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Werner Herzog

Film Review: Incredible Personal Tour in ‘Antarctica: A Year on Ice’

Antarctica: A Year on Ice, 2014

CHICAGO – Along with your local library’s DVD section and equality, Antarctica remains one of the general world’s greatest oversights, even though it’s the size of a continent (because it is one). Around this time of year, the North Pole gets a huge shoutout for its mass production of brand items, but it’s the South Pole that forever remains in the shadow of everything else in the world, only mentioned in films like Werner Herzog’s 2007 documentary “Encounters at the End of the World,” or that 2009 Kate Beckinsale snow thriller “Whiteout.”

Film Review: ‘Penguins of Madagascar’ is Definitely No Turkey

CHICAGO – The only thing rarer than a spinoff that soars over its inspiration is a DreamWorks Animation production without “Dragon” in the title, and one that’s actually worth watching. Improbably, “Penguins Of Madagascar” is both.

Film Review: Roger Ebert’s Treasure of a Journey in ‘Life Itself’

CHICAGO – We will never see the likes of his kind again – the influential arbiter of cinematic taste, whose magic thumb could make or break the dreams of both filmmaker and film fan. The journey of Roger Ebert, the most influential film critic of our times, is told in the new documentary, “Life Itself.”

Interview: Chaz Ebert, Director Steve James on ‘Life Itself’

CHICAGO – The iconic film critic and renaissance man, Roger Ebert, deservedly gets a full documentary film treatment of his 2011 memoir, “Life Itself,” and who better to create it than the Chicago-based director of “Hoop Dreams,” Steve James. And who better to produce and guide it than Roger’s soulmate, his wife Chaz Ebert.

Film Review: Wondrous Last Act for Hayao Miyazaki in ‘The Wind Rises’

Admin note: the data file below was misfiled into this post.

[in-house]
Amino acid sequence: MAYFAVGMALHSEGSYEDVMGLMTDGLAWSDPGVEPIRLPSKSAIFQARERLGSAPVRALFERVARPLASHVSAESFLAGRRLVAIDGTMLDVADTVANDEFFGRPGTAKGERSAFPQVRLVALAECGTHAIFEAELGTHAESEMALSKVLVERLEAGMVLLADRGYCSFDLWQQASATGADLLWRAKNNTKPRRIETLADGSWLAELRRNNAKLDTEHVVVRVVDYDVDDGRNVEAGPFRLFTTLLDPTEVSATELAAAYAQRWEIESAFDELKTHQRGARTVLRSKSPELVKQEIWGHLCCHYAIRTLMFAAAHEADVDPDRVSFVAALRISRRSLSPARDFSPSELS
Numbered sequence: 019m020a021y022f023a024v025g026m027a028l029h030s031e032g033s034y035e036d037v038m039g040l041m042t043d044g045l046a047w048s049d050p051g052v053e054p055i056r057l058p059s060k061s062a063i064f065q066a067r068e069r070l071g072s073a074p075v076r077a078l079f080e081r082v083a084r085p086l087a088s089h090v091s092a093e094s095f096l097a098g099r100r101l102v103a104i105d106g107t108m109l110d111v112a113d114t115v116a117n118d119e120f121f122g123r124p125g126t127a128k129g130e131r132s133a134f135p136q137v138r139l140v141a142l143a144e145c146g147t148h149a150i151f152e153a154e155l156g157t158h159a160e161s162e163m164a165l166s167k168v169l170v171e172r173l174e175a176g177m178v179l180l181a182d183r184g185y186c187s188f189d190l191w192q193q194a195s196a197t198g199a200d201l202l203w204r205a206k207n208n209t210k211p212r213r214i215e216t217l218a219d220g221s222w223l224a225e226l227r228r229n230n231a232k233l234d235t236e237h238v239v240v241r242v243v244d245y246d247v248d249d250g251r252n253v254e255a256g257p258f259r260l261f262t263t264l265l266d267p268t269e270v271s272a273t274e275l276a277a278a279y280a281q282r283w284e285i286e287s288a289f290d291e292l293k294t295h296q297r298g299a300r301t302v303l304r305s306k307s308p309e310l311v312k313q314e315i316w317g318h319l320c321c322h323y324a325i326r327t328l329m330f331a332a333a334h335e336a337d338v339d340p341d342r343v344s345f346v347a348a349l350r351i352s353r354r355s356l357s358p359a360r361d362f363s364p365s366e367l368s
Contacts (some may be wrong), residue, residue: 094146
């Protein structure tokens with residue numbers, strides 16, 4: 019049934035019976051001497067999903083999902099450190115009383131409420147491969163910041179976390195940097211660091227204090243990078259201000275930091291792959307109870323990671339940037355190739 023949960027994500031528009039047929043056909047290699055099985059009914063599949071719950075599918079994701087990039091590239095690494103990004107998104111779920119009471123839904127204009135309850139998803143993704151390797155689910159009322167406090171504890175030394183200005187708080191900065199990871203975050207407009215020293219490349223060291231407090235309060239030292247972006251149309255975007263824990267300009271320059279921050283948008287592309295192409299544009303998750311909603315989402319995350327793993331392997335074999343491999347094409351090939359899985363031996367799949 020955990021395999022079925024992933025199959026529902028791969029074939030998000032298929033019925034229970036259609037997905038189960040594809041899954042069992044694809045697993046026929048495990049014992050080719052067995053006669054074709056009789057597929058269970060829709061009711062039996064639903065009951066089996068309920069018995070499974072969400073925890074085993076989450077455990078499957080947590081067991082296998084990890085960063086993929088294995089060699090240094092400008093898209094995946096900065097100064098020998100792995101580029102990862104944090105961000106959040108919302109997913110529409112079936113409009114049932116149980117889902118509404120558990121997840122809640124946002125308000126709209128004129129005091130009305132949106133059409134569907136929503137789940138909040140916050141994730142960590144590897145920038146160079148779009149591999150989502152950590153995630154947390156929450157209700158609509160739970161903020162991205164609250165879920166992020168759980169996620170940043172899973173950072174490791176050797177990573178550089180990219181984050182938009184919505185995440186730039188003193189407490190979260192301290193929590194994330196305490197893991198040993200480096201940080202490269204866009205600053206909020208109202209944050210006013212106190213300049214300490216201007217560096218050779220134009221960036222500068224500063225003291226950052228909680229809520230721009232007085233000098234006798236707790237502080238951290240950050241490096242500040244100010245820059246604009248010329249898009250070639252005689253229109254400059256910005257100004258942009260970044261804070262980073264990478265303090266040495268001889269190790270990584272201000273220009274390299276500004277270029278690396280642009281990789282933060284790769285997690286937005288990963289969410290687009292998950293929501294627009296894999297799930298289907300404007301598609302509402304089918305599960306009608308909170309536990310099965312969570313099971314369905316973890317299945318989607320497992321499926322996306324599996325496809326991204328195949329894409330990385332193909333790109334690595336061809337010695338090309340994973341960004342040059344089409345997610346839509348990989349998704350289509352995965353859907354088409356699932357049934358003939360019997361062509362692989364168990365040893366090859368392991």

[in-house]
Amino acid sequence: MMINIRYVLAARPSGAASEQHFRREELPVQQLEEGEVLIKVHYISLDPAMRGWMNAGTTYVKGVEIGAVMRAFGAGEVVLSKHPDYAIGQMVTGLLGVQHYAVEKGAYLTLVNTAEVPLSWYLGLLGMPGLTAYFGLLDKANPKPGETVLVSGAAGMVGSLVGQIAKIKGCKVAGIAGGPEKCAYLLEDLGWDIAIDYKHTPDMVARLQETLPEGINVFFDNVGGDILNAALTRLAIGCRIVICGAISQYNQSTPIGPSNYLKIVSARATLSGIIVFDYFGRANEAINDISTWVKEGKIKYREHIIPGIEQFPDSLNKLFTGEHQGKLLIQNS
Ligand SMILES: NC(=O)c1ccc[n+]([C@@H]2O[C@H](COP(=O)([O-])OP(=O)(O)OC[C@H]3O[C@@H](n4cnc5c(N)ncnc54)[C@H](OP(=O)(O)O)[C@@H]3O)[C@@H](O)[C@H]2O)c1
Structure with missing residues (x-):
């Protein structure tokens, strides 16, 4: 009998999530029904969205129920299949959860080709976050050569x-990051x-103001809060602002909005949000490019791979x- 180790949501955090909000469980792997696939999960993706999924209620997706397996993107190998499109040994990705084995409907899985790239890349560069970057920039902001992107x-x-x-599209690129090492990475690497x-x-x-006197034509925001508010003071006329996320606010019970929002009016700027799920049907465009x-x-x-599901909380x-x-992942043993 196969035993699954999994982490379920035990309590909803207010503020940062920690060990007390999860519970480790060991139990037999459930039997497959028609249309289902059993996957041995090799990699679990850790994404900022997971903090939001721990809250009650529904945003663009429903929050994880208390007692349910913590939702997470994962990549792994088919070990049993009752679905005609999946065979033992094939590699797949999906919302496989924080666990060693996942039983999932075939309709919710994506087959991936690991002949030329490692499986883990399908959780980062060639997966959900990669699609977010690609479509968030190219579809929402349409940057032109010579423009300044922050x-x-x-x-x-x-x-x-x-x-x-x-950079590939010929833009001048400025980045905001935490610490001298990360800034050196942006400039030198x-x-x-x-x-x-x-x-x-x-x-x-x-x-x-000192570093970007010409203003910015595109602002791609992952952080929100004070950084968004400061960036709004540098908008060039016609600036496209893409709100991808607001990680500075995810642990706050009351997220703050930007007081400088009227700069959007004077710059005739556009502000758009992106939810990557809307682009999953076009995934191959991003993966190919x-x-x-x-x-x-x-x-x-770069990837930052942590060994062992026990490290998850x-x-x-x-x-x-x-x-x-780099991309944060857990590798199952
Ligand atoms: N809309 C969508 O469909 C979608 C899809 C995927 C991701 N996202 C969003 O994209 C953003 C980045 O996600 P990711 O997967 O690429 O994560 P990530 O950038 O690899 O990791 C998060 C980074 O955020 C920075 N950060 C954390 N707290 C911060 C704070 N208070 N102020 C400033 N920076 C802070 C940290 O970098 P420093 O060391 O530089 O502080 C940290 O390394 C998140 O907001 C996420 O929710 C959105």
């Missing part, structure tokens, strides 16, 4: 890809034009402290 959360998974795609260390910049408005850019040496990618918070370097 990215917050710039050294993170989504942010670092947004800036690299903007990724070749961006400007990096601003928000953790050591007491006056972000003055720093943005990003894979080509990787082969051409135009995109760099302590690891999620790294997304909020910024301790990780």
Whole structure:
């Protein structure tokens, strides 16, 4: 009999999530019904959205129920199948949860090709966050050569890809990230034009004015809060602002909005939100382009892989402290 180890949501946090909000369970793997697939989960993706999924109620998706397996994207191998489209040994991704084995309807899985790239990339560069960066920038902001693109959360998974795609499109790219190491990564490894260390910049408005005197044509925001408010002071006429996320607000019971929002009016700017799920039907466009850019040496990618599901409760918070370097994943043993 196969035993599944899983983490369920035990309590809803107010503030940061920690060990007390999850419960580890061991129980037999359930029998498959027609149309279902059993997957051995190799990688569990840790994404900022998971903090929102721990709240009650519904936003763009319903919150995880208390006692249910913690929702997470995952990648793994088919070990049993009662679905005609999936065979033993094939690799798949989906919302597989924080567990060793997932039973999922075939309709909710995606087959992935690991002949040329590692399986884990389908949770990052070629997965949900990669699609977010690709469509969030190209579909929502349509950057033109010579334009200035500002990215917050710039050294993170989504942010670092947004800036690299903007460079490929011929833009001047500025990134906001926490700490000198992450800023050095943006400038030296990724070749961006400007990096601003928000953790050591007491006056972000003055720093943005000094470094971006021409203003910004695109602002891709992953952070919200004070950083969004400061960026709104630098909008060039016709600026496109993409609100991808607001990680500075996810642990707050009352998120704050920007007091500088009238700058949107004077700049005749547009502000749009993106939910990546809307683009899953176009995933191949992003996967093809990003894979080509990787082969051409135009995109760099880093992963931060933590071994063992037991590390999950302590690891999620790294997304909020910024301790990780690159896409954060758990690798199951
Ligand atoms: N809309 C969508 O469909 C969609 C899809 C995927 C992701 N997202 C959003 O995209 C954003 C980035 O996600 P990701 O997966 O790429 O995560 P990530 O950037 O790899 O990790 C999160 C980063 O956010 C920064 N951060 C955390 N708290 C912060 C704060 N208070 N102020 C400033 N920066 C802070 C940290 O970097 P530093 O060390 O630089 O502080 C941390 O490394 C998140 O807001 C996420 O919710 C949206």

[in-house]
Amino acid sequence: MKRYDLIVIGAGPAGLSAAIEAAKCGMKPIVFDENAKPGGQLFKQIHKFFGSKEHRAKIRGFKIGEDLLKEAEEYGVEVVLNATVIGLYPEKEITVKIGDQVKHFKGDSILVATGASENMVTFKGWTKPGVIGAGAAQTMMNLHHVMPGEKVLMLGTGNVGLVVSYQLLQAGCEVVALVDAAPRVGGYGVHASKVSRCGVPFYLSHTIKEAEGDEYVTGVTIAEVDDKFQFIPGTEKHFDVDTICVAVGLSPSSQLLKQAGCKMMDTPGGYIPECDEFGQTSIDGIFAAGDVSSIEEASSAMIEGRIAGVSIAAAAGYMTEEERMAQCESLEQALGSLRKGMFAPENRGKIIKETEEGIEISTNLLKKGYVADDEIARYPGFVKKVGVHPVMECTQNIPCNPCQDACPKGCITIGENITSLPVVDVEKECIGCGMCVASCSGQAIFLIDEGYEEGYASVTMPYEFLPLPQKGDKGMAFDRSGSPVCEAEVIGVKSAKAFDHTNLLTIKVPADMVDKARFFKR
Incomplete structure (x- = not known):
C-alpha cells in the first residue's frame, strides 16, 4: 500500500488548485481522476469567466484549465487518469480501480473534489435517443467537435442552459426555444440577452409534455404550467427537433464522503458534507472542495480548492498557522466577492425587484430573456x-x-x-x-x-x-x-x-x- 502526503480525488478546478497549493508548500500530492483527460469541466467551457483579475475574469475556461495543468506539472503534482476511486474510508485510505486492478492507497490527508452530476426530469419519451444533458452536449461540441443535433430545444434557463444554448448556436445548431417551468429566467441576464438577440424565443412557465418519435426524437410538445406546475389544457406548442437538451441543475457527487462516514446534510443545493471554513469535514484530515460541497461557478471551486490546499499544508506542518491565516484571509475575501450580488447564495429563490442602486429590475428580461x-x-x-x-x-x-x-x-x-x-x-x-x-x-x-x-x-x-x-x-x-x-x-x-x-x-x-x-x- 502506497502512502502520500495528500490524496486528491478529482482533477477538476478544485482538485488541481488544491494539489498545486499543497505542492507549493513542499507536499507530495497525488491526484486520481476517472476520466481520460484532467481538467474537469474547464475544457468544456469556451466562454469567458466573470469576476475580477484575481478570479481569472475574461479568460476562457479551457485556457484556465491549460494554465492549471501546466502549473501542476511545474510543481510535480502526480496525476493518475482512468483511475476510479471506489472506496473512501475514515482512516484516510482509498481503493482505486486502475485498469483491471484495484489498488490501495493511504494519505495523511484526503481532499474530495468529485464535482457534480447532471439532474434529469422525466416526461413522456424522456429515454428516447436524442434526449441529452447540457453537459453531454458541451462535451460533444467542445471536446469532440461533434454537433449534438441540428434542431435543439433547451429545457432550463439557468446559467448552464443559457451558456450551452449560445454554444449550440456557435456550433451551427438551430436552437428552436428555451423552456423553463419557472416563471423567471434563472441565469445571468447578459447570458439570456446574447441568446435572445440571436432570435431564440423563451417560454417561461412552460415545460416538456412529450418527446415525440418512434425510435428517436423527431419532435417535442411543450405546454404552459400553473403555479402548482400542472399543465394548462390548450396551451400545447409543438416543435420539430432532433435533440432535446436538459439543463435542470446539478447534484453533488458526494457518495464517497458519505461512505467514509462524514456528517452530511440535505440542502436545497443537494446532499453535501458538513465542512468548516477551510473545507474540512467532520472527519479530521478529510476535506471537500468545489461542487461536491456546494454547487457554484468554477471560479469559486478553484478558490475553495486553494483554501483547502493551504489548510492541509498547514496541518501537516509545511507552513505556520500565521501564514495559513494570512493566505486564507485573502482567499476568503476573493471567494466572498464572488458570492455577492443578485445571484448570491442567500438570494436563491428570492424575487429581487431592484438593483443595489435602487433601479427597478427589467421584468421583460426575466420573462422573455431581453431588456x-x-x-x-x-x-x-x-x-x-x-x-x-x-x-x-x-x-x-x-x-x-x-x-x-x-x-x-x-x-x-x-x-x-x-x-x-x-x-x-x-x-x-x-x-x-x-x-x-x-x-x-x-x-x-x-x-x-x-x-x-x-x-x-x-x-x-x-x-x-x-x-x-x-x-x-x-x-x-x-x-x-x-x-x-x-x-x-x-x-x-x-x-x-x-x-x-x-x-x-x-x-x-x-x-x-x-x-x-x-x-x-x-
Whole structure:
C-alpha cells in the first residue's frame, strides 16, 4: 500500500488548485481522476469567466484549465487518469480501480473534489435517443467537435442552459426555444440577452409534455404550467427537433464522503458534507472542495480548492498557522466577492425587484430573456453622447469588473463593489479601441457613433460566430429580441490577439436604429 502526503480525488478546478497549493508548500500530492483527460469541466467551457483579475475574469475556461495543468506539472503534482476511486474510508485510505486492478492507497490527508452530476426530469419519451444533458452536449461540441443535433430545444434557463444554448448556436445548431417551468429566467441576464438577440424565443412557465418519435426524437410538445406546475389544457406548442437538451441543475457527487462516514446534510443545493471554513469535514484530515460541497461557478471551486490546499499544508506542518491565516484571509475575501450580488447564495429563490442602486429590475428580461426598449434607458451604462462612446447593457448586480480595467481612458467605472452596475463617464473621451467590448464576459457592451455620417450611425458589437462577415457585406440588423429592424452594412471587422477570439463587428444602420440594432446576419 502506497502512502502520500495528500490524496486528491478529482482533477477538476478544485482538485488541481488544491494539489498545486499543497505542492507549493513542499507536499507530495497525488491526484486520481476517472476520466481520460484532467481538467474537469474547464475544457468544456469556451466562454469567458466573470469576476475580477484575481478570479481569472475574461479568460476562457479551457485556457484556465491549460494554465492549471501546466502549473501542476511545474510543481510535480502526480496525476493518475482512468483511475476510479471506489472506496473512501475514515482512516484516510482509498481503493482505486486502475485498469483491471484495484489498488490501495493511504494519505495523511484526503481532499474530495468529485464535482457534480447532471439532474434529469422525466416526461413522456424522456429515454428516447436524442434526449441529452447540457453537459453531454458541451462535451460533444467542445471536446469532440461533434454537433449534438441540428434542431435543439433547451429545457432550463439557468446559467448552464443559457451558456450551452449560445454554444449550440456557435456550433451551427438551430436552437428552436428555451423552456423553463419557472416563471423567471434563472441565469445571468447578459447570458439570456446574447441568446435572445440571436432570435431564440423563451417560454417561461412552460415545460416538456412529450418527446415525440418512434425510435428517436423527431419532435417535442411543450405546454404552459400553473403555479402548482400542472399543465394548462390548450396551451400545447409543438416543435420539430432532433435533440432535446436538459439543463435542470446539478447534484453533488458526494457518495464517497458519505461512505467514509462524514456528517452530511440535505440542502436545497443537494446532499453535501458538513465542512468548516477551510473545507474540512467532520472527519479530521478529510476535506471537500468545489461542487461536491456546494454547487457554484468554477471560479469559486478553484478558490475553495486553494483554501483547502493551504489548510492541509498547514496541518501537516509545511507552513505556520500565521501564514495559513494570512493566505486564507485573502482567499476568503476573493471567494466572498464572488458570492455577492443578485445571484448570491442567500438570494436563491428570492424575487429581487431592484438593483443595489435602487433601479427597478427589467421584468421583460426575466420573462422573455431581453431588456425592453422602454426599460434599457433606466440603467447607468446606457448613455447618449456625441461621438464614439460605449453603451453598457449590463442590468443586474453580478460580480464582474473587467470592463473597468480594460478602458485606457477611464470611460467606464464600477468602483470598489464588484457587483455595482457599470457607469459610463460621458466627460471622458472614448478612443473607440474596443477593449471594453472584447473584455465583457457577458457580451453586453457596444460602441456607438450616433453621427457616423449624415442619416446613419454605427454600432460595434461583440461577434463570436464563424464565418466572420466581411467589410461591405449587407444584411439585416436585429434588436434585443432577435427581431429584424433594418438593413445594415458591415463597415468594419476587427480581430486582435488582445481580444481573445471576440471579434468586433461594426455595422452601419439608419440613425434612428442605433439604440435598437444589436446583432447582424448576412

The Wind Rises

CHICAGO – The master animator and film legend Hayao Miyazaki (“Howl’s Moving Castle,” “Spirited Away,” “Princess Mononoke”) announced his retirement after his latest film, “The Wind Rises.” He is often called “Japan’s Walt Disney,” but there is more to him then that, a soul and a mystery that is revealed in the stages of his animated art, and his contribution to artistic culture will continue to influence for generations to come. “The Wind Rises” is nominated for Best Animated Film at the 2014 Academy Awards.

Film News: Magnolia Pictures Acquires Roger Ebert Biography Film ‘Life Itself’

Life Itself, Roger Ebert

CHICAGO – The buzz at Sundance was for a documentary about the life of a film critic – but that film critic happens to be Roger Ebert, and the film is an adaptation of his memoir, “Life Itself.” Magnolia Pictures announced yesterday that they have acquired U.S. theatrical, Video-On-Demand and home entertainment rights to the film, and are planning on a summer release.

Interview: Director Joshua Oppenheimer Dissects ‘The Act of Killing’

CHICAGO – Joshua Oppenheimer’s “The Act of Killing” is now playing in most major markets, currently running at the Music Box Theatre here in Chicago. The film is one of the most devastating experiences you’ll have in a theater this year and it’s a must-see.

Film Review: Riveting ‘The Act of Killing’ Demands to Be Seen

CHICAGO – We like to think that mass murderers are pure monsters. They don’t have kids. They don’t walk around free. They couldn’t possibly have a moment of joy after causing so much pain. This is, of course, nothing more than a comforting fallacy.

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  • Speech & Debate (stage play)

    CHICAGO – “Speech & Debate,” the latest production from the mighty Brown Paper Box Company, continues their tradition of thinking outside that “box” in presenting storefront theater that makes a statement and a difference. “Speech” goes inside America by showcasing the outsiders… those who create art because they can’t get it right in real life. This non-equity Chicago stage play premiere is finely tuned and wonderfully acted, and runs through March 4th, 2018. Click here for more details, including ticket information.

  • We're Gonna Be Okay

    CHICAGO – The 1960s were a time of historical social transition. The movements – civil rights, feminist, gay rights – all had roots in that tumultuous decade. The Chicago premiere of Basil Kreimendahl’s “We’re Gonna Be Okay” echoes all of those movements in its characters, and collides them against the October 1962 Cuban Missile Crisis. The show has a Thursday-Sunday run at the American Theater Company through March 4th, 2018. Click here for more details, including ticket information.


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